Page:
A Room with a View

Movie review by
Nell Minow, Common Sense Media
A Room with a View Movie Poster Image
Glorious romance most likely to appeal to older kids.
  • NR
  • 1985
  • 116 minutes
Parents recommend

Parents say

age 15+
Based on 7 reviews

Kids say

age 12+
Based on 4 reviews

A lot or a little?

The parents' guide to what's in this movie.

Positive messages

Following your heart, not society's or your family's expectations; living passionately, not quietly.

Violence

A character is stabbed and dies in a very brief fight; some blood shown.

Sex

Brief nude scenes as the men go swimming (and as they run when the women approach), overall theme of the importance of sensuality; some passionate kisses.

Language
Consumerism
Drinking, drugs & smoking

What parents need to know

Parents need to know that this movie deals with issues of intimacy and self-repression. There's nonsexualy male full-fruntal nudity as men bathe in a pond. A man is killed in a very brief knife fight.

User Reviews

Parent of a 5, 7, and 9 year old Written byMamaLlama3 May 10, 2013

Story line/characters need a bit of work, too much skin.

This movie was o.k. The story was pretty good, but I felt that they didn't do a very good job developing the relationships between the characters (Lucy an... Continue reading
Parent of an infant, 3, and 4 year old Written bypetersfamilyband April 9, 2008

A great adaption of an excellent book

This is a great film adaptation of the classic novel by E.M. Forster. It's very true to the plot of the novel, and does a great job of capturing most of th... Continue reading
Teen, 13 years old Written byfluffycats March 31, 2015

Amazing

A Room with a View is an outstanding movie filled with drama and romance. There is a scene which includes multiple naked men, but the scene is in no way sexual,... Continue reading
Teen, 14 years old Written bybecca.knott March 24, 2015
This is a very well written and acted out movie. Parents are complaining about the male nudity shown in the scene and groping near the end. I agree it's in... Continue reading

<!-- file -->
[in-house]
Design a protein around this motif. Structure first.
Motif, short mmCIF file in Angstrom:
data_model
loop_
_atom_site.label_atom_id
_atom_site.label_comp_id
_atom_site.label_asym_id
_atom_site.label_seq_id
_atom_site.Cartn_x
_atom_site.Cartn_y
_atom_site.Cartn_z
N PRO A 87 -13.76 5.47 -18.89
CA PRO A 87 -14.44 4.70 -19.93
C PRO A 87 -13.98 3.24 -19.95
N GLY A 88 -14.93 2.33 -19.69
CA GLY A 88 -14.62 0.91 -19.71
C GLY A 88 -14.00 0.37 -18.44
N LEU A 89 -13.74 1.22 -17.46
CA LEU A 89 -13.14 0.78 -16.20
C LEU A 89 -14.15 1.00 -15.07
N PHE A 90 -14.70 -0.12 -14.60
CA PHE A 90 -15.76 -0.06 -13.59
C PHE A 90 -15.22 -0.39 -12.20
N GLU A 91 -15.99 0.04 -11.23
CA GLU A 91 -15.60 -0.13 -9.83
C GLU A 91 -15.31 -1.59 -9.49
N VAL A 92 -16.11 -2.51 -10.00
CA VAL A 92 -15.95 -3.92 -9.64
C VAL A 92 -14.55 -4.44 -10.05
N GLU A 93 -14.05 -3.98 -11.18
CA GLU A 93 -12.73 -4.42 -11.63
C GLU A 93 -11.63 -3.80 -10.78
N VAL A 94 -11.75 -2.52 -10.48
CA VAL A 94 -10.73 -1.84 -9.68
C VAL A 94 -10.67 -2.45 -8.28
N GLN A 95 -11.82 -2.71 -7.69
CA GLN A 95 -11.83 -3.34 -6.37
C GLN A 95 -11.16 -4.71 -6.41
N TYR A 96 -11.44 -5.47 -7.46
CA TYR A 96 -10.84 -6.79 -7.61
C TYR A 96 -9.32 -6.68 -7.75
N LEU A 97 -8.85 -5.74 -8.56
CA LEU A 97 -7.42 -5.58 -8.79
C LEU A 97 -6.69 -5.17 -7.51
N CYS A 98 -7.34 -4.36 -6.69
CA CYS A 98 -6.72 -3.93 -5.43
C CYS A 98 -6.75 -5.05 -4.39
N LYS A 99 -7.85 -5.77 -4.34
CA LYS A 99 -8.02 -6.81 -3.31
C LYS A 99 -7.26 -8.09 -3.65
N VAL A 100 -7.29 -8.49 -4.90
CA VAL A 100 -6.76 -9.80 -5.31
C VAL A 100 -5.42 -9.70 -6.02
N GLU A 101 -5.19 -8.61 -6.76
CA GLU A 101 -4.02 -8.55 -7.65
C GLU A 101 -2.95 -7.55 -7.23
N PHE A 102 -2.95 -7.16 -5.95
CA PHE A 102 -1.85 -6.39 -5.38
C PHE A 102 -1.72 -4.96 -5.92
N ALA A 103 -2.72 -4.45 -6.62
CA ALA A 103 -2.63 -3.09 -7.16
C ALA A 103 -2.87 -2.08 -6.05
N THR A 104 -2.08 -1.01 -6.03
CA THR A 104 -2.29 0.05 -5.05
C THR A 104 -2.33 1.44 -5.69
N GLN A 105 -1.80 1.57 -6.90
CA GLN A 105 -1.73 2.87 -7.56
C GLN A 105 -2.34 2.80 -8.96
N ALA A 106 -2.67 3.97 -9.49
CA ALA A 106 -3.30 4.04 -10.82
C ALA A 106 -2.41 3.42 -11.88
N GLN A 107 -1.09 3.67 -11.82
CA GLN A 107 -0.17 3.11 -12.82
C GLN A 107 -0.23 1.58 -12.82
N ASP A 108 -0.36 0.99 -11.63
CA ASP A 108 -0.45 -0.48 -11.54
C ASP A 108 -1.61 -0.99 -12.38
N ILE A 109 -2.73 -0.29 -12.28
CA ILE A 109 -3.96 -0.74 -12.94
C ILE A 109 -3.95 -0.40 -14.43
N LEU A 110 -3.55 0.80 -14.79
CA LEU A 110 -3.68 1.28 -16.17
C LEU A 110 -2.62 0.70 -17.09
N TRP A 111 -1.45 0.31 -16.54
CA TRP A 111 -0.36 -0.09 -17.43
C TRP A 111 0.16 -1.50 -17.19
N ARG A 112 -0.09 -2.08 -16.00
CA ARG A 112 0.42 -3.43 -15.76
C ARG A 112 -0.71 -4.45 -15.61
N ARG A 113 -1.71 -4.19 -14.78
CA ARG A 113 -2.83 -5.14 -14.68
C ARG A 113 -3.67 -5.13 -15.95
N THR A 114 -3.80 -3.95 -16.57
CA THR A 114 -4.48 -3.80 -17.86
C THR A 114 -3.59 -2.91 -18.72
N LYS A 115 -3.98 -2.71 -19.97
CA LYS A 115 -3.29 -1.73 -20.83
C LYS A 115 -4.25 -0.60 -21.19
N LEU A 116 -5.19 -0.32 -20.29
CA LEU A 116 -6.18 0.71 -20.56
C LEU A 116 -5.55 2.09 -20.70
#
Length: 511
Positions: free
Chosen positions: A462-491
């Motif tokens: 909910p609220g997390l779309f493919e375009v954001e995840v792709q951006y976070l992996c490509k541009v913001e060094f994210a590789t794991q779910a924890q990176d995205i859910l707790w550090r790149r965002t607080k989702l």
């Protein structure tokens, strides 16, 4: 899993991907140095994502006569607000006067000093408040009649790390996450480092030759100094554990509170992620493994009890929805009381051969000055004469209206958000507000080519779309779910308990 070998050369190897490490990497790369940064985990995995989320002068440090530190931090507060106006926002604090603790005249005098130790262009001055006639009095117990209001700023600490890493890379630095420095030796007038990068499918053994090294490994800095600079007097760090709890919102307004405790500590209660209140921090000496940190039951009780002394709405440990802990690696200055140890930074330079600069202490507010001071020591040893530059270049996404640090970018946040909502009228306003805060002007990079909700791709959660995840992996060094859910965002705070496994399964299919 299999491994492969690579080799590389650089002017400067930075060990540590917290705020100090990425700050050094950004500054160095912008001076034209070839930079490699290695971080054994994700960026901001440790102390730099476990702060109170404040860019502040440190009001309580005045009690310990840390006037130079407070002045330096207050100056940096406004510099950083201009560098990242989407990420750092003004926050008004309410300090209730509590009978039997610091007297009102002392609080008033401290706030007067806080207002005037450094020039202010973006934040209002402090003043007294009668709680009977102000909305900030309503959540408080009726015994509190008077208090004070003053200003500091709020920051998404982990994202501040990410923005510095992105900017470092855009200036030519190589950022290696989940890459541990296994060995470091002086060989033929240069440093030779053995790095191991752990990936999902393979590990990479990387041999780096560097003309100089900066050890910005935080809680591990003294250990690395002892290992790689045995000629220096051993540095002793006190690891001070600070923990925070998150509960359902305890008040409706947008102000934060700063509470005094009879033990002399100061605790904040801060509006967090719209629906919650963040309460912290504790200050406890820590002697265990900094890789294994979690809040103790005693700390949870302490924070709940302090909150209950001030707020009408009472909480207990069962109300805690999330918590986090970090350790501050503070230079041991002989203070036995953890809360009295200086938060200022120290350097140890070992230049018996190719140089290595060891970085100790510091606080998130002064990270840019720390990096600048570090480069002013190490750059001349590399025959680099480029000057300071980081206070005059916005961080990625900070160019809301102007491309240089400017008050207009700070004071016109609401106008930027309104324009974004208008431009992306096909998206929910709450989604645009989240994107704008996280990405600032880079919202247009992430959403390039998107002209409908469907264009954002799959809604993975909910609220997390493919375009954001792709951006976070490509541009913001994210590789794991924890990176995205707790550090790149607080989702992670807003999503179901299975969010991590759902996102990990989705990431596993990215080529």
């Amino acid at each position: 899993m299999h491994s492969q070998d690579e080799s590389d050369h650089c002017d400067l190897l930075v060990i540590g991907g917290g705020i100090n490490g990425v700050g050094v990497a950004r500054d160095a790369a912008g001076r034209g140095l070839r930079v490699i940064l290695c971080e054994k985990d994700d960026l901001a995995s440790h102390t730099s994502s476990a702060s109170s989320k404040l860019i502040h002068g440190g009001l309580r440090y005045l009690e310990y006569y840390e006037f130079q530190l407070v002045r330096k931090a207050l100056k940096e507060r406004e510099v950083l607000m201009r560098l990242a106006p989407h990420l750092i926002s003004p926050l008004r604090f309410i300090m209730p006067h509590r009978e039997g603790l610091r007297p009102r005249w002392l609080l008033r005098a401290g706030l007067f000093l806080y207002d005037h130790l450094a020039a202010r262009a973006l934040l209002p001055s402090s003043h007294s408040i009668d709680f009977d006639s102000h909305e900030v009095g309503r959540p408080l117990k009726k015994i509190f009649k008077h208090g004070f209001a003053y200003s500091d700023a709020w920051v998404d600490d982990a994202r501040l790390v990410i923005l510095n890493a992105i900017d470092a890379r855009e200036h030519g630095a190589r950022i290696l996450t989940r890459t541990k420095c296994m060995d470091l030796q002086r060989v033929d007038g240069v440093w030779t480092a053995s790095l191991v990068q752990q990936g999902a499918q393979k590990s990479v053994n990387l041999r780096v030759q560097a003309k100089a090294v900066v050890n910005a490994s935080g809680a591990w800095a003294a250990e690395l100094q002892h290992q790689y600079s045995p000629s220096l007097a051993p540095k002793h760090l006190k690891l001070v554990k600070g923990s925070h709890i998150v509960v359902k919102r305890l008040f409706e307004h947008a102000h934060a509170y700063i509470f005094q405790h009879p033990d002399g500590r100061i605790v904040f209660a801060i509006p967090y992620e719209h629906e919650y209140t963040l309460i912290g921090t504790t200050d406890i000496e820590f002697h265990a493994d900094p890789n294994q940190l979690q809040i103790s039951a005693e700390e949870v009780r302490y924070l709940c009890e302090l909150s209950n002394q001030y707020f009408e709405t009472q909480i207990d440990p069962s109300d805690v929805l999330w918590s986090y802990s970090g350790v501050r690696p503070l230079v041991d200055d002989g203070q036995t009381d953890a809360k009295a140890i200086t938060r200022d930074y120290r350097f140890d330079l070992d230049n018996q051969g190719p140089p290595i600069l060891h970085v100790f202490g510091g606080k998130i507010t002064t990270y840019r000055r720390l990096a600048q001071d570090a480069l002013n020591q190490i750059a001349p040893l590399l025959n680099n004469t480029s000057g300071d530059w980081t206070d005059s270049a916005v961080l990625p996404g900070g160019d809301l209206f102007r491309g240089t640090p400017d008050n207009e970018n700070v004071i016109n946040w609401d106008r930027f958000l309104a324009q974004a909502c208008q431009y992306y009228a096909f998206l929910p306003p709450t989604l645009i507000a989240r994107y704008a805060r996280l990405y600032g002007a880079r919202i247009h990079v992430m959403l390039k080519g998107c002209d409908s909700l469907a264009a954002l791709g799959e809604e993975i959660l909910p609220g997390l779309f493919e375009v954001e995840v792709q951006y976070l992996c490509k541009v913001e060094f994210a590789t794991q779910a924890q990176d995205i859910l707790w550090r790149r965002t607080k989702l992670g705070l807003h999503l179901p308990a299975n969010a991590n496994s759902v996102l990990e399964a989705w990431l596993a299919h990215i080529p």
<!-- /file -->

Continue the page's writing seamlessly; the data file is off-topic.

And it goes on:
What's the story?

Lucy Honeychurch (Helena Bonham Carter) arrives in Italy with her straitlaced aunt Charlotte (Maggie Smith). Disappointed at not getting the room with a view they had been promised when making their reservations at the inn, they are not sure whether it is proper to accept the offer of Mr. Emerson (Denholm Elliot) and his son George (Julian Sands), staying at the same inn, to switch rooms so they may have a view after all. Reassured by the clergyman, Mr. Beebe (Simon Callow), they agree. Later, out in the countryside, George impetuously kisses Lucy, and her aunt, horrified, whisks her back to England. There, Lucy is engaged to Cecil. The Emersons move into a cottage near the Honeychurch family, invited by Cecil, who does not realize that Lucy knows them. Lucy does her best to resist her attraction to George, but ultimately breaks the engagement to Cecil, marries George, and returns with him to the room with a view.

Is it any good?

This lush, satisfying romance is about having the courage to face one's feelings, and to risk intimacy, fully knowing and being known by another person. George never hesitates to take that risk. Cecil, sensitively played by Daniel Day-Lewis as a full character and not a caricature of a fop, has feelings but will never be able to "take to live as (he) plays." Clearly, he does care deeply for Lucy, but he does not have the passionate nature to respond to hers fully, as George does. As George says, Cecil "is the sort who can't know anyone intimately, least of all a woman," someone who wants Lucy as an ornament, perhaps to enjoy her passionate nature by proxy, not realizing that his own proximity is likely to stifle it. George wants Lucy "to have ideas and thoughts and feelings, even when I hold you in my arms."

Talk to your kids about ...

  • Families can talk about how lush natural settings have a powerful effect on fictional characters, especially those in love, or wanting to fall in love. In Shakespeare, lovers go to the woods to straighten things out. In the British literature of the 19th and early 20th century, they often go to Italy, which represents freedom from repression. The wheat field where George kisses Lucy is in sharp contrast to the manicured lawns of the Honeychurch home, as the precise and cerebral Cecil is in contrast to the passionate George. Questions for Kids: What leads Lucy to break her engagement to Cecil? What leads her to accept her feelings for George. Mr. Emerson refers to a "Yes! And a Yes! And a Yes" at the "side of the Everlasting Why." What does this mean? What is the meaning of the title?

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Movie details

For kids who love romance and travel

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